There has been a lot of discussion lately on the subject of female characters, particularly in YA circles, and it brought to my mind two archetypes we often discussed in my college English lit classes--but which I haven't seen mentioned in relation to the current female characters of YA Fiction.
I'm surprised we don't talk more about the subject of Dark vs. Pale Beauties in YA literature today (or has this discussion been strictly confined to undergrad literary criticism classes? I wouldn't be surprised.) Sure, we talk an awful lot about Strong Female Characters vs. Manic Pixie Dream Girls and a host of other hot, controversial catchphrases--but that of Dark and Pale Beauties is such an interesting dichotomy that I think it would really add to our discussion of female characters in general, especially now, when Female Leads are gaining popularity not only in literature but in film. So if I may, I'll drag out this old topic, dust it off, and try to glean some relevant discussion out of it.
Basics first. Let's all get on the same page here, in case we're not all Lit-Crit majors. Google is no help at all--search these terms and all it can offer is results on skin color, which is so not what these terms mean. I repeat: THESE TERMS DO NOT REFER TO SKIN TONE. Nor does the term "beauty" here mean the characters are necessarily physically attractive (I think it was originally coined to be more ironic than anything else, indicating the classical idealized female characters often portrayed in pre-20th-century literature).
So here are some brief definitions:
Does not mean: dark-haired, dark-skinned, or anything else to do with physical appearance.
Does mean: A female character who is "experienced," either in worldly matters, sexuality, violence, etc. She is independent, knowledgeable, jaded, often older (than a corresponding pale beauty), with some degree of power or at least semblance of power. She's likely to be strong-natured. She prefers to hide her weaknesses and exert authority over others. Her power is achieved through various means: physical ability, sexuality, manipulation, strength of character, vision, or will. Though she is often perceived to be the more villainous of these two archetypes, this is very often untrue of her. She's "street-smart." She will either disdain or envy the pale beauty, and in some cases seek to either "rescue" her from her innocence or protect her from becoming like herself.
Some examples of Dark Beauties:
- Katniss Everdeen (The Hunger Games by Suzanne Collins) (though arguably with some Pale characteristics)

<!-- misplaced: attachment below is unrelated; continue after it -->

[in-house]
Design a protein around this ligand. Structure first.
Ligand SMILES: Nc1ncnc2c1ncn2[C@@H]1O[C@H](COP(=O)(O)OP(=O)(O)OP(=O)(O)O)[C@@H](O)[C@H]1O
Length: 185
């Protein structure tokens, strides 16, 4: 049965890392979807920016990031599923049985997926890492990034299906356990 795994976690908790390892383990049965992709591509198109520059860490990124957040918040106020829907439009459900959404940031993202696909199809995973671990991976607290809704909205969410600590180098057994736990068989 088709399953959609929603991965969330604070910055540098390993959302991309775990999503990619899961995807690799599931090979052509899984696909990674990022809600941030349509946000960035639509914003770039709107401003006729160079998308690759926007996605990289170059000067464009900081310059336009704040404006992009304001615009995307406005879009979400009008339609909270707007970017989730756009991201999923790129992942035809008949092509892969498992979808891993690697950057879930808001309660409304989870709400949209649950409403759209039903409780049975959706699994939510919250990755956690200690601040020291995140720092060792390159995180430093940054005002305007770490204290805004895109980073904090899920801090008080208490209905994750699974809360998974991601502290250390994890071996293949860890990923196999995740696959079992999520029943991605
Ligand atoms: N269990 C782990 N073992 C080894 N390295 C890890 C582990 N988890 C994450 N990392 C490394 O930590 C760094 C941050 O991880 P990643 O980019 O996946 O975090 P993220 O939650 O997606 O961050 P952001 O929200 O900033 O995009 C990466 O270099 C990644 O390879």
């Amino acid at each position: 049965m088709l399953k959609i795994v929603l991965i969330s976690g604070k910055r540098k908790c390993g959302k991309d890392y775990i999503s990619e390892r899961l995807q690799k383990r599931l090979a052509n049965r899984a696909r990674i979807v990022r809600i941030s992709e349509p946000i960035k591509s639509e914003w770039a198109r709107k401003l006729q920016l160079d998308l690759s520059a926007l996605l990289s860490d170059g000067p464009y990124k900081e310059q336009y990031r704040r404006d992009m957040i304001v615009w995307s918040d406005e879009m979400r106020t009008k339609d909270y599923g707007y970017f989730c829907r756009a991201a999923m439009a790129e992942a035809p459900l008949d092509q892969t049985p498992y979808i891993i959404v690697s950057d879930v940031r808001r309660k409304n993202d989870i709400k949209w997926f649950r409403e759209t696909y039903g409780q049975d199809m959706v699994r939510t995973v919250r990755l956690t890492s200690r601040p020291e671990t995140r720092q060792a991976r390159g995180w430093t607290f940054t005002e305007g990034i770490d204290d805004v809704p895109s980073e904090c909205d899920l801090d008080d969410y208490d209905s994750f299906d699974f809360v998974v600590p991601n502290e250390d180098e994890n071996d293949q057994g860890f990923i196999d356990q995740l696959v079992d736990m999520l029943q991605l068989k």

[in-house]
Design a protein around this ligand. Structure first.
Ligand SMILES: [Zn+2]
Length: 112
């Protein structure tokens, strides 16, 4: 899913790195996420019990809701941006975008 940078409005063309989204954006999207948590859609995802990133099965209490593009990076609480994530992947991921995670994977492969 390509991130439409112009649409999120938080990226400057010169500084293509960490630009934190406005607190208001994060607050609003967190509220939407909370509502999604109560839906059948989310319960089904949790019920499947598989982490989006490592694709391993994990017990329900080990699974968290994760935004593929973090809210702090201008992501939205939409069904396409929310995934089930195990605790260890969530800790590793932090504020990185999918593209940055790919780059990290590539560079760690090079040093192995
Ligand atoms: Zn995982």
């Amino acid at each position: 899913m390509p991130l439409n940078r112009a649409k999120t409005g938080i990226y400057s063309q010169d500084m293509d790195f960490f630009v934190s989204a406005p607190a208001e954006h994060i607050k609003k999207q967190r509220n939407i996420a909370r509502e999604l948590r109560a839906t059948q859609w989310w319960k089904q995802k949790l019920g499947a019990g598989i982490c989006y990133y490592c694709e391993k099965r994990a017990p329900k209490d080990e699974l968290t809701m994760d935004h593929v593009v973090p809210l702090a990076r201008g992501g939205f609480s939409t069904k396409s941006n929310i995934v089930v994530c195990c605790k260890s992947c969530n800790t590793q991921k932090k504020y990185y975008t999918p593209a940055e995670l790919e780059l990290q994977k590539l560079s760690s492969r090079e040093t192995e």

- Isabelle Lightwood (The Mortal Instruments by Cassandra Clare)
- Genya (Shadow and Bone by Leigh Bardugo)
- Ridley Duchannes (Beautiful Creatures by Kami Garcia and Margaret Stohl)
- Maela (Crewel by Gennifer Albin)
- Fire (Fire by Kristin Cashore)
- Katsa (Graceling by Kristin Cashore)
- Meg (Disney's Hercules)
- Scarlett O'Hara (Gone with the Wind by Margaret Mitchell)
- River Song (Doctor Who)
Does not mean: fair-haired, fair-skinned, or anything else to do with physical appearance
Does mean: A female character who is primarily naive, inexperienced, sheltered, perhaps idealistic. She is dependent on others, though she may seek to break free and establish her autonomy. She may be a daydreamer, and if often mistaken to be meek and mild, or is pushed to be so. She is the "caged bird," often pressured to remain innocent and childlike. Seen as the embodiment of purity and sweetness, conflict often arises if she attempts to "grow up," or to shed her innocence. Many stories are built around a Pale Beauty attempting and either succeeding or failing to exchange her innocence for experience. Those around her who wish for her to remain pure will often speak for her, thus the Pale Beauty is often depicted without a voice--this does not mean she is weak, but rather that someone is attempting to press her into the Pale Beauty mold (interestingly, often they do so out of love, like the Elinor/Merida relationship in Pixar's Brave). This is the crux of "coming-of-age" stories. She will often either envy, despise, or attempt to emulate the Dark Beauty.
- Primrose Everdeen (The Hunger Games by Suzanne Collins)
- Elisa (The Girl of Fire and Thorns by Rae Carson) (though she does evolve as the story progresses)
- Clary Fray (The Mortal Instruments by Cassandra Clare) (another dynamic character!)
- Tris (Divergent) (yet another dynamic character--she is an example of a Pale Beauty attempting to exert the Dark Beauty she believes herself to be)
- Cassia (The Matched Trilogy by Ally Condie)
- Kathy (Never Let Me Go by Kazuo Ishiguro)
- Bitterblue (Bitterblue by Kristin Cashore) (another dynamic character--there are a lot of these in today's YA!)
- Rapunzel (Disney's Tangled)
- Christine (The Phantom of the Opera by Gaston Leroux)
- Dorothy Gale (The Wizard of Oz)
Something I love about current YA fiction is that the lines between these two types of characters are often blurred. I've seen many female characters who are experienced in survival but innocent in love (Katniss) or who might only appear to be innocent Pale Beauties until the story conflict cracks open their shell and releases the Dark Beauty inside. Many times this is the result of the character herself striving to break free of the Pale Beauty archetype (Tris or Bitterblue), but other times this transformation is made reluctantly, and they must be pushed by outside forces to achieve independence and experience (Elisa from The Girl of Fire and Thorns).